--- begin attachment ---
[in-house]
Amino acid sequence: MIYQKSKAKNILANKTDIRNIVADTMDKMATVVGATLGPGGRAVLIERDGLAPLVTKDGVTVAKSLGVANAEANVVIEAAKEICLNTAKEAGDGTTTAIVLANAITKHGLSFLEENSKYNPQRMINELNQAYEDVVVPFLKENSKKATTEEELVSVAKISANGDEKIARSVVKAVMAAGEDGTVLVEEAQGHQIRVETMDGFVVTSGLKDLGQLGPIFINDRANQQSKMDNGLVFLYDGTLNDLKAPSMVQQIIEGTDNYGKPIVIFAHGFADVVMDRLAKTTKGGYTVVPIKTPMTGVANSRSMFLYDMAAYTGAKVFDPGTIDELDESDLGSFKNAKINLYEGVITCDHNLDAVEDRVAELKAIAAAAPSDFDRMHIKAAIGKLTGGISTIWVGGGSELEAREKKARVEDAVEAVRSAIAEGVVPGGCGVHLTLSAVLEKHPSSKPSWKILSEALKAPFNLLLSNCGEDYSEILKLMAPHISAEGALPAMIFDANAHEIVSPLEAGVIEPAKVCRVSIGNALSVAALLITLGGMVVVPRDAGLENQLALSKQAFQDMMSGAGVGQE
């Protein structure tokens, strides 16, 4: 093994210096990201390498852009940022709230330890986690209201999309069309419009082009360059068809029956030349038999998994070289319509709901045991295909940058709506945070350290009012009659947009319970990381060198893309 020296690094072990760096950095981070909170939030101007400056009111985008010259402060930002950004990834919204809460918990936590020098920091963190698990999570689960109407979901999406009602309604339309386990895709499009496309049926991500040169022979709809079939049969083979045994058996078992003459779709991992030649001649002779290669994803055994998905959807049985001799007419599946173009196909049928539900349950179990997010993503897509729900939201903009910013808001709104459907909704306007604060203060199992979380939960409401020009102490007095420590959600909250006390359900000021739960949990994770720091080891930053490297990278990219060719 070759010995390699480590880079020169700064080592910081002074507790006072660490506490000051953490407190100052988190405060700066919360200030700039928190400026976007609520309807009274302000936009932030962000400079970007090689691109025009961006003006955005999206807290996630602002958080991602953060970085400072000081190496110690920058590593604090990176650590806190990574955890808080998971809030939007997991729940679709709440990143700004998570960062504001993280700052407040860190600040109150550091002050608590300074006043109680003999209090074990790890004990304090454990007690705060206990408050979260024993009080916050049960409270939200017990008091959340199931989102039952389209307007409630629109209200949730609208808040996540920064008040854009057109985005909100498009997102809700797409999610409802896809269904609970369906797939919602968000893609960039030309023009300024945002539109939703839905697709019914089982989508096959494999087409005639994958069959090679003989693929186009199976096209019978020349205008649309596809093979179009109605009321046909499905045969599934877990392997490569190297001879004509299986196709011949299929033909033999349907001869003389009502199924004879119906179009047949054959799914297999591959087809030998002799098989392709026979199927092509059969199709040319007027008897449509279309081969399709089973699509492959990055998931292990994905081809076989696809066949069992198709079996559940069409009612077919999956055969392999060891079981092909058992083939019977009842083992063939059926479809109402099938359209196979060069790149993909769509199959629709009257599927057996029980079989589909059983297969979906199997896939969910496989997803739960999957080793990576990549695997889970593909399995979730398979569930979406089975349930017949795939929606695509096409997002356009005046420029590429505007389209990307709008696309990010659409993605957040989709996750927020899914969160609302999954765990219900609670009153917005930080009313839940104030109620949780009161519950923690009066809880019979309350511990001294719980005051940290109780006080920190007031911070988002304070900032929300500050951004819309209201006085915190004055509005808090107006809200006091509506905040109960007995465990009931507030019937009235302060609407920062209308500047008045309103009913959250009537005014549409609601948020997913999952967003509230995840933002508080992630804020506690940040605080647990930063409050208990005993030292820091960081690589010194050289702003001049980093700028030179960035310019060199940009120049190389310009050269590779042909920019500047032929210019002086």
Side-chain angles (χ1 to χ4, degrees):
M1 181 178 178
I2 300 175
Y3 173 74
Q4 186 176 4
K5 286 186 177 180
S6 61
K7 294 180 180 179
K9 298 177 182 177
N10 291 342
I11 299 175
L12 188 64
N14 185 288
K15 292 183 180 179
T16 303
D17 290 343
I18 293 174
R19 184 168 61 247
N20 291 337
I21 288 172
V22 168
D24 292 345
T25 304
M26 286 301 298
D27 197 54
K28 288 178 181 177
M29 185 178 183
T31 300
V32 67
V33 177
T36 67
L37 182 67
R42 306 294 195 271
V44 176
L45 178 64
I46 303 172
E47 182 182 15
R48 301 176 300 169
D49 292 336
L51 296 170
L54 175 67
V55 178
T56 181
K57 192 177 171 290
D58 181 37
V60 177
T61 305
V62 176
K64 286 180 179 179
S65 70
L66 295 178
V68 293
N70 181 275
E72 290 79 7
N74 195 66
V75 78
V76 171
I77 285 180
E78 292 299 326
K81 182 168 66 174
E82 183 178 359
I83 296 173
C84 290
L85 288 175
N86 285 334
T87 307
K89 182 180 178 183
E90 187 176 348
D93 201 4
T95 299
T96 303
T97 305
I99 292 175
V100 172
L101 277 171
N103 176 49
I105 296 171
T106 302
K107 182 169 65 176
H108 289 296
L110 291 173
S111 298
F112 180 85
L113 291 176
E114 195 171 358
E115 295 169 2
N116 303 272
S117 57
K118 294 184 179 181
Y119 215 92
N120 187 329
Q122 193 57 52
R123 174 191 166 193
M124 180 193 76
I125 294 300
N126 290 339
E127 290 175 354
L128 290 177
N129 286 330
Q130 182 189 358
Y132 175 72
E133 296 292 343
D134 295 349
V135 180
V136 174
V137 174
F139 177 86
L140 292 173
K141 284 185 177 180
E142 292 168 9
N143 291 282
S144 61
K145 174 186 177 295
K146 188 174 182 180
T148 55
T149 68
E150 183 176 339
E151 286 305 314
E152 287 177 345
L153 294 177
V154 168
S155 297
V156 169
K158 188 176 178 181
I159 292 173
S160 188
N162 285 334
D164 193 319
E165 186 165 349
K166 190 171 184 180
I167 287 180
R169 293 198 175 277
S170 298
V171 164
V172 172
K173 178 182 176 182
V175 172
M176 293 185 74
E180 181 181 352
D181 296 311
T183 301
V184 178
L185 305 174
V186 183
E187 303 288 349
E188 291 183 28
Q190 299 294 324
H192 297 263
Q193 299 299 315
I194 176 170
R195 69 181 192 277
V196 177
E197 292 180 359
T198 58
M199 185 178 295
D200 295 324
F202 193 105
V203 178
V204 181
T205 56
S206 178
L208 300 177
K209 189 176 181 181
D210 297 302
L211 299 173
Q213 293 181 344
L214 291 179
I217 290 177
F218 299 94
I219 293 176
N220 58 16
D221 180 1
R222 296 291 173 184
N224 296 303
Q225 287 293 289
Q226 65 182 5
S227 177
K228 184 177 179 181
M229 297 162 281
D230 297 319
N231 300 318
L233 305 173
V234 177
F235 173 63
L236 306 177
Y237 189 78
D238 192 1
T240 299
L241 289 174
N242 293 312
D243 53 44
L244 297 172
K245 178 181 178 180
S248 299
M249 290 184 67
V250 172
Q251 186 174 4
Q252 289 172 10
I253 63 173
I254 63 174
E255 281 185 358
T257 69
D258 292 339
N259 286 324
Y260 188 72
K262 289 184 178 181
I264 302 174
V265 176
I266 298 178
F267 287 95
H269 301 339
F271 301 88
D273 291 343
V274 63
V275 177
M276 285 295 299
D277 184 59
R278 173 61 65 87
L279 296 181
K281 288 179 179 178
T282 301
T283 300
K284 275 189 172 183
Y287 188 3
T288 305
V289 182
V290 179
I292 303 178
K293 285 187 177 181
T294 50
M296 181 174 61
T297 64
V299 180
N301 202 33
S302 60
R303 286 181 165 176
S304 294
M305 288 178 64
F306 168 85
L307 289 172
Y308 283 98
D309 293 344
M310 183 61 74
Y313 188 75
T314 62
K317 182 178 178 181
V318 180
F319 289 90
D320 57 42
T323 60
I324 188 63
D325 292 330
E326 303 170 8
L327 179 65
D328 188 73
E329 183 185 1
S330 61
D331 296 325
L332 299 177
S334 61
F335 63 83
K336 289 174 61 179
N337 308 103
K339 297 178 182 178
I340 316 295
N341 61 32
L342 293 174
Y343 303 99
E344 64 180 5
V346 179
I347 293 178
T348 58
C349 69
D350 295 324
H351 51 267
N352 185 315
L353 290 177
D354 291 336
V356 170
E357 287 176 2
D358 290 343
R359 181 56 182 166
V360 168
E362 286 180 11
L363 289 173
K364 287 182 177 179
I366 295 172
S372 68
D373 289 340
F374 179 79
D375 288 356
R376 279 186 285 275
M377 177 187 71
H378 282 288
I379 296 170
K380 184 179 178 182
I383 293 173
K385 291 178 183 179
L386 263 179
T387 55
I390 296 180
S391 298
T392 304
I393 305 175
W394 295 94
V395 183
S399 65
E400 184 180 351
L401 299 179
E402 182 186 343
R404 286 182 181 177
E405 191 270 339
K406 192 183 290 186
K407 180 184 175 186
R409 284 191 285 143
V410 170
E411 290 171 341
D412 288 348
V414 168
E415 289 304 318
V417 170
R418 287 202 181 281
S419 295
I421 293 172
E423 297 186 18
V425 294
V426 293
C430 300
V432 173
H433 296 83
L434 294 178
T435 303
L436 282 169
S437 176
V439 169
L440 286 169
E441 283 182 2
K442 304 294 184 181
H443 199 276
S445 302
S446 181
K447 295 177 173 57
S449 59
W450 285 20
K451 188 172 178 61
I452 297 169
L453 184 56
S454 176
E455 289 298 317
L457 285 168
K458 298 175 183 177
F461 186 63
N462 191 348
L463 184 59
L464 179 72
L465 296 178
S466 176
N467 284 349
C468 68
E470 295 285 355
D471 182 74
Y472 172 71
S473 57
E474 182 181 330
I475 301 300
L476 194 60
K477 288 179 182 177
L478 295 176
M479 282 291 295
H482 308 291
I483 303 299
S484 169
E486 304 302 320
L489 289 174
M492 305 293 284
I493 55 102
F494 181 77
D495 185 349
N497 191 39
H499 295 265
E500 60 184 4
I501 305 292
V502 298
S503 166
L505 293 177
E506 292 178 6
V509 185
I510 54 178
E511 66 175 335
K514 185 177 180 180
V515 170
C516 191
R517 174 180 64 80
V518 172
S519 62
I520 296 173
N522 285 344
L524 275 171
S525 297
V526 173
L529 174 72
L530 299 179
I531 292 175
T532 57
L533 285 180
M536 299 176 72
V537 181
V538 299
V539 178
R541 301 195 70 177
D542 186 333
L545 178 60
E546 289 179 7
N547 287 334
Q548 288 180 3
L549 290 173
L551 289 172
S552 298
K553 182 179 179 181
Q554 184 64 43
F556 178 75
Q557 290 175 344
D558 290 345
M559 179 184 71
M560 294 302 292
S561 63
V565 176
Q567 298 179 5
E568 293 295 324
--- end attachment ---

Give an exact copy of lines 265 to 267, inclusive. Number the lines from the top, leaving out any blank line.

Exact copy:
K336 289 174 61 179
N337 308 103
K339 297 178 182 178